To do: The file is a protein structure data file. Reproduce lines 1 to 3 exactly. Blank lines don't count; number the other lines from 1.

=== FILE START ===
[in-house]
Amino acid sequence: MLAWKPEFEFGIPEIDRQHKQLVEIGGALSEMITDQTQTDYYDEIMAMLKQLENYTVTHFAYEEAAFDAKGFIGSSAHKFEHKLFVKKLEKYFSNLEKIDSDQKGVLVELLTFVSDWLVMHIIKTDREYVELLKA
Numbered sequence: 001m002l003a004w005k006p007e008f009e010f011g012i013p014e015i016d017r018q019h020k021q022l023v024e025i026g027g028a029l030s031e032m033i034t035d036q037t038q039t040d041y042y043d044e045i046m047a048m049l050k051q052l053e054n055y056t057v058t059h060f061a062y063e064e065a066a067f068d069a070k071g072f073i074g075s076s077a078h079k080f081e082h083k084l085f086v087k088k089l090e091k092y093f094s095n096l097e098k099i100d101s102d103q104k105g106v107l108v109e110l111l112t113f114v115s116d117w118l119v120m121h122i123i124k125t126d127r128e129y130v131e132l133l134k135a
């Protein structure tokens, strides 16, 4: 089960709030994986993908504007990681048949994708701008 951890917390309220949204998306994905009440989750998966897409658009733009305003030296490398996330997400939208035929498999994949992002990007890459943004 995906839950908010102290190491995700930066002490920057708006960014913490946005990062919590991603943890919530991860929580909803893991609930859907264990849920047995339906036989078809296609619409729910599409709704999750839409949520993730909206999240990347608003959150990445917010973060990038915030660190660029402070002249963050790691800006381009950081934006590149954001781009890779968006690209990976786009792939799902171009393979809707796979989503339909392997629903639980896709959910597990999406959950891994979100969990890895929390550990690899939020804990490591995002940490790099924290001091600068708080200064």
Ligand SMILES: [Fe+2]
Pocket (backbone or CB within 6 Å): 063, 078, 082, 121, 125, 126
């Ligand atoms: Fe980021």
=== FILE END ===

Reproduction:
[in-house]
Amino acid sequence: MLAWKPEFEFGIPEIDRQHKQLVEIGGALSEMITDQTQTDYYDEIMAMLKQLENYTVTHFAYEEAAFDAKGFIGSSAHKFEHKLFVKKLEKYFSNLEKIDSDQKGVLVELLTFVSDWLVMHIIKTDREYVELLKA
Numbered sequence: 001m002l003a004w005k006p007e008f009e010f011g012i013p014e015i016d017r018q019h020k021q022l023v024e025i026g027g028a029l030s031e032m033i034t035d036q037t038q039t040d041y042y043d044e045i046m047a048m049l050k051q052l053e054n055y056t057v058t059h060f061a062y063e064e065a066a067f068d069a070k071g072f073i074g075s076s077a078h079k080f081e082h083k084l085f086v087k088k089l090e091k092y093f094s095n096l097e098k099i100d101s102d103q104k105g106v107l108v109e110l111l112t113f114v115s116d117w118l119v120m121h122i123i124k125t126d127r128e129y130v131e132l133l134k135a